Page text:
A team of researchers has developed wafer-thin, stiff nanopaper that instantly becomes soft and elastic at the push of a button. The material is equipped with a mechanism so that the strength and stiffness can be modulated via an electrical switch. As soon as an electric current is applied, the nanopaper becomes soft; when the current flow stops, it regains its strength. This switching capability could be used for damping materials.
The team was inspired by sea cucumbers, which have a special defense mechanism. When attacked by predators in their habitat on the sea floor, sea cucumbers can adapt and strengthen their tissue so that their soft exterior immediately stiffens. The researchers mimicked the basic principle in a modified form using an attractive material and an equally attractive switching mechanism.
The scientists used cellulose nanofibrils extracted and processed from the cell wall of trees. Nanofibrils are even finer than the microfibers in standard paper and result in a completely transparent, almost glass-like paper. The material is stiff and strong — appealing for lightweight construction. Its characteristics are comparable to those of aluminum alloys.
The team applied electricity to these cellulose nanofibril-based nanopapers. By means of specially designed molecular changes, the material becomes flexible. The process is reversible and can be controlled by an on/off switch. This is relevant for mechanical materials, which can thus be made more resistant to fracture or for adaptive damping materials, which could switch from stiff to compliant when overloaded, for example.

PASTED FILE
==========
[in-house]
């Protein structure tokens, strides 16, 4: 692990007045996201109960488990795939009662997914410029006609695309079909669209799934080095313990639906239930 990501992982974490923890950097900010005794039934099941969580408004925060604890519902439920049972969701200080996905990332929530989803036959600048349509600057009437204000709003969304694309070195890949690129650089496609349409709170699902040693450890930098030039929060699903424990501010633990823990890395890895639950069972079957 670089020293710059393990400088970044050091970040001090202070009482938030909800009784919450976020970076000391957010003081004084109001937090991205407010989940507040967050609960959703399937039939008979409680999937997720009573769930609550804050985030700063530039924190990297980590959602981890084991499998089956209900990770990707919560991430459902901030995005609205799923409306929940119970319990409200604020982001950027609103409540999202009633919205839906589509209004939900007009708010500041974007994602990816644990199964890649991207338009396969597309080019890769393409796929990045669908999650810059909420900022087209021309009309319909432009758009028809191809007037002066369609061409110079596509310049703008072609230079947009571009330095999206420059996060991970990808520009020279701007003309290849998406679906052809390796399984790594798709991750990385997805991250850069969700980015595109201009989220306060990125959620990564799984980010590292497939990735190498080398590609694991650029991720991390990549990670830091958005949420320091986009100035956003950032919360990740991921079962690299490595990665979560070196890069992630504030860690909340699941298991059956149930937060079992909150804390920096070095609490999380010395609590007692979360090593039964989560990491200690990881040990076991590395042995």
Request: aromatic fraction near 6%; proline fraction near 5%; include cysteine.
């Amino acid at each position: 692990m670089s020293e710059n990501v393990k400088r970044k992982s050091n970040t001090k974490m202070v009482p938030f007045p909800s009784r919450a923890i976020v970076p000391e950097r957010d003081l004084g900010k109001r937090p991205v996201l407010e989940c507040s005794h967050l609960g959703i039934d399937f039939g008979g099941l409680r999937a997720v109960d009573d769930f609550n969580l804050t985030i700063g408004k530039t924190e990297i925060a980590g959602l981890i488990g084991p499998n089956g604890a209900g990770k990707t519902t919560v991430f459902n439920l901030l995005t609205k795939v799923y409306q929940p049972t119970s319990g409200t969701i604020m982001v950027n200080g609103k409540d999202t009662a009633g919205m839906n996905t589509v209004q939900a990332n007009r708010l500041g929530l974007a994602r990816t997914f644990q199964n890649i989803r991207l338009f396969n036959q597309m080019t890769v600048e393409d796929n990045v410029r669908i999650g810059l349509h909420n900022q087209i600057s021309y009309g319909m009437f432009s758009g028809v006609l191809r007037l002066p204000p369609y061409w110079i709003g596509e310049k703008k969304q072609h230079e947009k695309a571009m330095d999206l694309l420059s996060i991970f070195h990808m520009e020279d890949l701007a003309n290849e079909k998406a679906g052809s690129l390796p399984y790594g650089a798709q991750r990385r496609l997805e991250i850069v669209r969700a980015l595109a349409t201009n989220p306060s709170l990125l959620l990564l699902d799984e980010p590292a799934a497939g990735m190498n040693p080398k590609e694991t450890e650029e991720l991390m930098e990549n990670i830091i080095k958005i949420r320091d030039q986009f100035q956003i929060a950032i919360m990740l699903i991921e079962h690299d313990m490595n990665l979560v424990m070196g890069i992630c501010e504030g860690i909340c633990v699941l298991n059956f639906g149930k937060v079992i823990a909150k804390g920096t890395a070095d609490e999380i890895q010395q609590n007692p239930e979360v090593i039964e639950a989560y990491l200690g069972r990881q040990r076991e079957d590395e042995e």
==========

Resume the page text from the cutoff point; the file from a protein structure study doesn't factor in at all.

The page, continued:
At the molecular level, the process involves heating the material by applying a current and thus reversibly breaking cross-linking points. The material softens in correlation with the applied voltage: the higher the voltage, the more cross-linking points are broken and the softer the material becomes.
While currently a power source is needed to start the reaction, the next goal would be to produce a material with its own energy storage system, so that the reaction is essentially triggered internally as soon as an overload occurs and damping becomes necessary.
For more information, contact Professor Dr. Andreas Walther at